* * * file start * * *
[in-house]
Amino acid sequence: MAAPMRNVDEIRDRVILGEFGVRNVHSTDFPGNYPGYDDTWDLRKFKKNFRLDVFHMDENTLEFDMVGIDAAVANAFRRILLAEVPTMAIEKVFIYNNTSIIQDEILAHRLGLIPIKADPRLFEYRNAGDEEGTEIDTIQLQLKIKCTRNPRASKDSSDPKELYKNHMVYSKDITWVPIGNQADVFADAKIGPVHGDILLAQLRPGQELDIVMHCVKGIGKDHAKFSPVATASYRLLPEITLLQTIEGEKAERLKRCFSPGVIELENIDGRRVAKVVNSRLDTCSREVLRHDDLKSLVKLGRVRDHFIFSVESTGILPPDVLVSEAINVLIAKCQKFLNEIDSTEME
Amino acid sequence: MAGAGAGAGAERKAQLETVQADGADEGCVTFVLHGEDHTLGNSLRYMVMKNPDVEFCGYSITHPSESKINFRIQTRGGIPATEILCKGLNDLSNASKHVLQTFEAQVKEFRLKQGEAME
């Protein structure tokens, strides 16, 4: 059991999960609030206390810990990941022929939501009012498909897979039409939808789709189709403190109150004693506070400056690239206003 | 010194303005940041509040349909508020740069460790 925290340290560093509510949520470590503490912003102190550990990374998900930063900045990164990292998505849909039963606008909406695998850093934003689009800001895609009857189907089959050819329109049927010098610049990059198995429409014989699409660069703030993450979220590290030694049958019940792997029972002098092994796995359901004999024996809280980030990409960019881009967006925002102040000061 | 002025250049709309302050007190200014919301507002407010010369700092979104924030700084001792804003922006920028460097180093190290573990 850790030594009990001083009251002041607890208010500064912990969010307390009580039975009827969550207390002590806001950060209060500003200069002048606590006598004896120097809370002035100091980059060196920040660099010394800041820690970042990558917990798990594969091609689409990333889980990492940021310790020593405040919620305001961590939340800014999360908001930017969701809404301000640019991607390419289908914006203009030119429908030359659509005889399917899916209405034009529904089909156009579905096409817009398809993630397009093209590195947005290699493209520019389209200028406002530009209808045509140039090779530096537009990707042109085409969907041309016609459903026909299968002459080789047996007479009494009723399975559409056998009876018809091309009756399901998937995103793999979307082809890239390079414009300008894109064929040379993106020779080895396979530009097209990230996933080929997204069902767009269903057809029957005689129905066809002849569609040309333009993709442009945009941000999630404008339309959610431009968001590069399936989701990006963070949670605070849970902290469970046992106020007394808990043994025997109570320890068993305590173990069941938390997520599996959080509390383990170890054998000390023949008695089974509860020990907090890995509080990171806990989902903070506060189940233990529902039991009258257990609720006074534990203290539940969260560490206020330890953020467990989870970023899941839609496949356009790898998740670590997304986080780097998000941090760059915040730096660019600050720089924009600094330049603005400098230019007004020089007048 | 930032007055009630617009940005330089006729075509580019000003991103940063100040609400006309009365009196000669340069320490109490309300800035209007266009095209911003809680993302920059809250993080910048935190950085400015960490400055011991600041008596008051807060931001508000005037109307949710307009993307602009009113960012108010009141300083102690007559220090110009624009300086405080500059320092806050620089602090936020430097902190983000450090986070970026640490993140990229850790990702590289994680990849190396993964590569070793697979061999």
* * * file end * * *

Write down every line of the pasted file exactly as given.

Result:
[in-house]
Amino acid sequence: MAAPMRNVDEIRDRVILGEFGVRNVHSTDFPGNYPGYDDTWDLRKFKKNFRLDVFHMDENTLEFDMVGIDAAVANAFRRILLAEVPTMAIEKVFIYNNTSIIQDEILAHRLGLIPIKADPRLFEYRNAGDEEGTEIDTIQLQLKIKCTRNPRASKDSSDPKELYKNHMVYSKDITWVPIGNQADVFADAKIGPVHGDILLAQLRPGQELDIVMHCVKGIGKDHAKFSPVATASYRLLPEITLLQTIEGEKAERLKRCFSPGVIELENIDGRRVAKVVNSRLDTCSREVLRHDDLKSLVKLGRVRDHFIFSVESTGILPPDVLVSEAINVLIAKCQKFLNEIDSTEME
Amino acid sequence: MAGAGAGAGAERKAQLETVQADGADEGCVTFVLHGEDHTLGNSLRYMVMKNPDVEFCGYSITHPSESKINFRIQTRGGIPATEILCKGLNDLSNASKHVLQTFEAQVKEFRLKQGEAME
């Protein structure tokens, strides 16, 4: 059991999960609030206390810990990941022929939501009012498909897979039409939808789709189709403190109150004693506070400056690239206003 | 010194303005940041509040349909508020740069460790 925290340290560093509510949520470590503490912003102190550990990374998900930063900045990164990292998505849909039963606008909406695998850093934003689009800001895609009857189907089959050819329109049927010098610049990059198995429409014989699409660069703030993450979220590290030694049958019940792997029972002098092994796995359901004999024996809280980030990409960019881009967006925002102040000061 | 002025250049709309302050007190200014919301507002407010010369700092979104924030700084001792804003922006920028460097180093190290573990 850790030594009990001083009251002041607890208010500064912990969010307390009580039975009827969550207390002590806001950060209060500003200069002048606590006598004896120097809370002035100091980059060196920040660099010394800041820690970042990558917990798990594969091609689409990333889980990492940021310790020593405040919620305001961590939340800014999360908001930017969701809404301000640019991607390419289908914006203009030119429908030359659509005889399917899916209405034009529904089909156009579905096409817009398809993630397009093209590195947005290699493209520019389209200028406002530009209808045509140039090779530096537009990707042109085409969907041309016609459903026909299968002459080789047996007479009494009723399975559409056998009876018809091309009756399901998937995103793999979307082809890239390079414009300008894109064929040379993106020779080895396979530009097209990230996933080929997204069902767009269903057809029957005689129905066809002849569609040309333009993709442009945009941000999630404008339309959610431009968001590069399936989701990006963070949670605070849970902290469970046992106020007394808990043994025997109570320890068993305590173990069941938390997520599996959080509390383990170890054998000390023949008695089974509860020990907090890995509080990171806990989902903070506060189940233990529902039991009258257990609720006074534990203290539940969260560490206020330890953020467990989870970023899941839609496949356009790898998740670590997304986080780097998000941090760059915040730096660019600050720089924009600094330049603005400098230019007004020089007048 | 930032007055009630617009940005330089006729075509580019000003991103940063100040609400006309009365009196000669340069320490109490309300800035209007266009095209911003809680993302920059809250993080910048935190950085400015960490400055011991600041008596008051807060931001508000005037109307949710307009993307602009009113960012108010009141300083102690007559220090110009624009300086405080500059320092806050620089602090936020430097902190983000450090986070970026640490993140990229850790990702590289994680990849190396993964590569070793697979061999």